Saturday, February 07, 2004

Since we're in the middle of the primary season in the States and heading for a general election in March in Spain, here's one of my favorite political stories. It shows how much big events can depend on little things and how, whenever there's a big screwup of some sort, alcohol is often involved.

It was the 1944 Democratic convention in Chicago and a group of powerful party insiders decided that Henry Wallace, the incumbent Vice-President, was a dangerous radical, and had to be removed from the ticket. They managed to get semi-approval for their plan from Franklin Roosevelt, who was clearly dying but who was to be reelected anyway. These party leaders knew that Wallace was not fit to be President, and they decided that Missouri Senator Harry Truman was their man, someone they could trust to take over as President when Roosevelt died.

At the Blackstone (Hotel), (party chairman Bob) Hannegan told Truman he might have to be nominated that night, depending whether they had the votes. They would have to be ready to move fast. Bennett Clark (the other Senator from Missouri) was supposed to nominate Truman, but no one knew where he was. Clark, whose wife had died the year before, was drinking more than usual. Truman went to look for him. Hannegan started for the convention hall.

The Wallace supporters tried to stampede the convention that night. Wallace gave a fine speech and momentum began to build on the convention floor for his renomination as VP. Bob Hannegan and Chicago Mayor Ed Kelly got to the convention chairman and convinced him to adjourn before Wallace's name could be placed in nomination by liberal Congressman Claude Pepper of Florida, who was jumping up and down on a chair while waving a flag in an intent to get the chairman's attention and the floor. Henry Wallace might well have been nominated for Vice President that night, and he would have succeeded Roosevelt as President. He also might have lost us the Cold War before it began.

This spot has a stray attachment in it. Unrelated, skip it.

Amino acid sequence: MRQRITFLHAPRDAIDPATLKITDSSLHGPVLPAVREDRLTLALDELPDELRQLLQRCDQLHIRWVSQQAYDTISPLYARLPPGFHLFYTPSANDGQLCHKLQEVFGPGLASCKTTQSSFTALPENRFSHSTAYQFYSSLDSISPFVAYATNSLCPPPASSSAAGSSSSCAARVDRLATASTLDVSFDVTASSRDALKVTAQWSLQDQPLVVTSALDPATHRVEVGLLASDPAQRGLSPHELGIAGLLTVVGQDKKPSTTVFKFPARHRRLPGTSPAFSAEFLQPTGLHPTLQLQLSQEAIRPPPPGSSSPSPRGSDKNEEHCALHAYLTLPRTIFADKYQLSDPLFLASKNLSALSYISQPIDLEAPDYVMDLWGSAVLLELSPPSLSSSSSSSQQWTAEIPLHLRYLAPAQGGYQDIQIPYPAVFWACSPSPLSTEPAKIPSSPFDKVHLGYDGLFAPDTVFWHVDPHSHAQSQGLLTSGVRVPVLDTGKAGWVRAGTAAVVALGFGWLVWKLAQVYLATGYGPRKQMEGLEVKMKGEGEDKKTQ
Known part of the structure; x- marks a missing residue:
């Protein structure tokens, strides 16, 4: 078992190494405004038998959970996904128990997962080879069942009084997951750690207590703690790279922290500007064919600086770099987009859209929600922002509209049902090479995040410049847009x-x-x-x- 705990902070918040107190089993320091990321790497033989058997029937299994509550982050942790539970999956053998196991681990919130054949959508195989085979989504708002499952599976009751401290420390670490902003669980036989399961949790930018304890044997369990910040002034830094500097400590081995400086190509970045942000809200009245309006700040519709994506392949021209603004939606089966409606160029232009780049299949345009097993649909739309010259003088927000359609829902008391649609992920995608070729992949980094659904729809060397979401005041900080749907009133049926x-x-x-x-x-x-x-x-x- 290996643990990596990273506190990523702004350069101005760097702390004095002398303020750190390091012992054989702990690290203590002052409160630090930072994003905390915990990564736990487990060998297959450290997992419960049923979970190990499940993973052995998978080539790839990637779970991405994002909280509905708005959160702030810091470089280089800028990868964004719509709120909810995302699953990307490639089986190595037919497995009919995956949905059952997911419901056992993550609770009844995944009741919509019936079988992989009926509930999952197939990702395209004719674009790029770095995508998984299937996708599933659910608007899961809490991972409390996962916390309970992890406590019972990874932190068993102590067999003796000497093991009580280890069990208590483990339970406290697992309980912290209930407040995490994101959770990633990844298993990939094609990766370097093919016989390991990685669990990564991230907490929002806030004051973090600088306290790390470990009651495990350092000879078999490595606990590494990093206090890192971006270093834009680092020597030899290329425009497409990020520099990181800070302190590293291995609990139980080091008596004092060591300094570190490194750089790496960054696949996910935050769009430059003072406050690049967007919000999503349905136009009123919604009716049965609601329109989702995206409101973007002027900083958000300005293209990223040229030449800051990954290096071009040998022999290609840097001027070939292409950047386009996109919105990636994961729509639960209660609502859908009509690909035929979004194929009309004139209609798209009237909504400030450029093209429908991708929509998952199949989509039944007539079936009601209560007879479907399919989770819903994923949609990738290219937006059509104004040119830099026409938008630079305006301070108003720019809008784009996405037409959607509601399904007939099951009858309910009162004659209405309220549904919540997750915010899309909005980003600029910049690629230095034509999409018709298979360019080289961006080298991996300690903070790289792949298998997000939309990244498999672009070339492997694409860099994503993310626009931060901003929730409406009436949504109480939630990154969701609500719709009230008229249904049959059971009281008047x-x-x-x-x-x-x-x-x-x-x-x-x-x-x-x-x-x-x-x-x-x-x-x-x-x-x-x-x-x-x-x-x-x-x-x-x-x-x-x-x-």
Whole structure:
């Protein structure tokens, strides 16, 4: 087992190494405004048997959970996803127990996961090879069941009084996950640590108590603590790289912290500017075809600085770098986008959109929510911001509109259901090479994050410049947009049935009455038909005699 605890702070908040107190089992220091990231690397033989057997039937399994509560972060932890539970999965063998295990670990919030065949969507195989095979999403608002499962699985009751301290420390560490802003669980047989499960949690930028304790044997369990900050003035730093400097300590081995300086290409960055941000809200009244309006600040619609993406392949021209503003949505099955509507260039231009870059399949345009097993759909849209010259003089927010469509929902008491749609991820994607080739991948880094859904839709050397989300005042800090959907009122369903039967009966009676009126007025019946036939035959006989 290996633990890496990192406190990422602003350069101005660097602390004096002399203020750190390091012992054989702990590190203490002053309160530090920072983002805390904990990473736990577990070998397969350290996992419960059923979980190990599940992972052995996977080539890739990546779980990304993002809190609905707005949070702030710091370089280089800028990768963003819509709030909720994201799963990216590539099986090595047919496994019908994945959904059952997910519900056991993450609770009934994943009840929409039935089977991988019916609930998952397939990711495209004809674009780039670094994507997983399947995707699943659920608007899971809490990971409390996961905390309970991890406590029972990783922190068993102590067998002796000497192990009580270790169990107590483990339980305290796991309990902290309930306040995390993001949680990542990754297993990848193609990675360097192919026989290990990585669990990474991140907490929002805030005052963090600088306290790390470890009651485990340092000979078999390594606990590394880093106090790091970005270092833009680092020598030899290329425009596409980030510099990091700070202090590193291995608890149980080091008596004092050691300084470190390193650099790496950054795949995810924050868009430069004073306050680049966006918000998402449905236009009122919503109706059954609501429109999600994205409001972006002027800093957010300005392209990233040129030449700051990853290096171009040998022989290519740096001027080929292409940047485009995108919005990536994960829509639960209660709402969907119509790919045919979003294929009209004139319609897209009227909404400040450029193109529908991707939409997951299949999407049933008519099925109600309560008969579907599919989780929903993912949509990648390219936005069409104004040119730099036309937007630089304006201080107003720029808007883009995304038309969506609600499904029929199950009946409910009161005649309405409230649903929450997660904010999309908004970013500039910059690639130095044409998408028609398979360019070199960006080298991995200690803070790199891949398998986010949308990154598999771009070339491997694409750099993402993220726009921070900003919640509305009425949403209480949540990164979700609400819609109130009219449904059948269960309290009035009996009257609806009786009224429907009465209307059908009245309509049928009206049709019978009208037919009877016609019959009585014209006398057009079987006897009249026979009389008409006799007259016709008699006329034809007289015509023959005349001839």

Harry Truman had witnessed none of this. He had spent the night in search of Bennett Clark, finding him finally in a room where he was not supposed to be, at the Sherman (Hotel), and too drunk to say much more than hello. By then it was past midnight. "So I called Bob Hannegan," Truman remembered, "and said 'I found your boy. He's cockeyed. I don't know whether I can get him ready or not, and I hope to Christ I can't.'"

Truman and Hannegan sobered Clark up, more or less, and they got him to the convention the next day where he nominated Truman for VP.

But his speech for Truman was short and had none of his usual flair.

Ah, those were the days when politics was really fun. (Quotations from Truman by David McCullough.)

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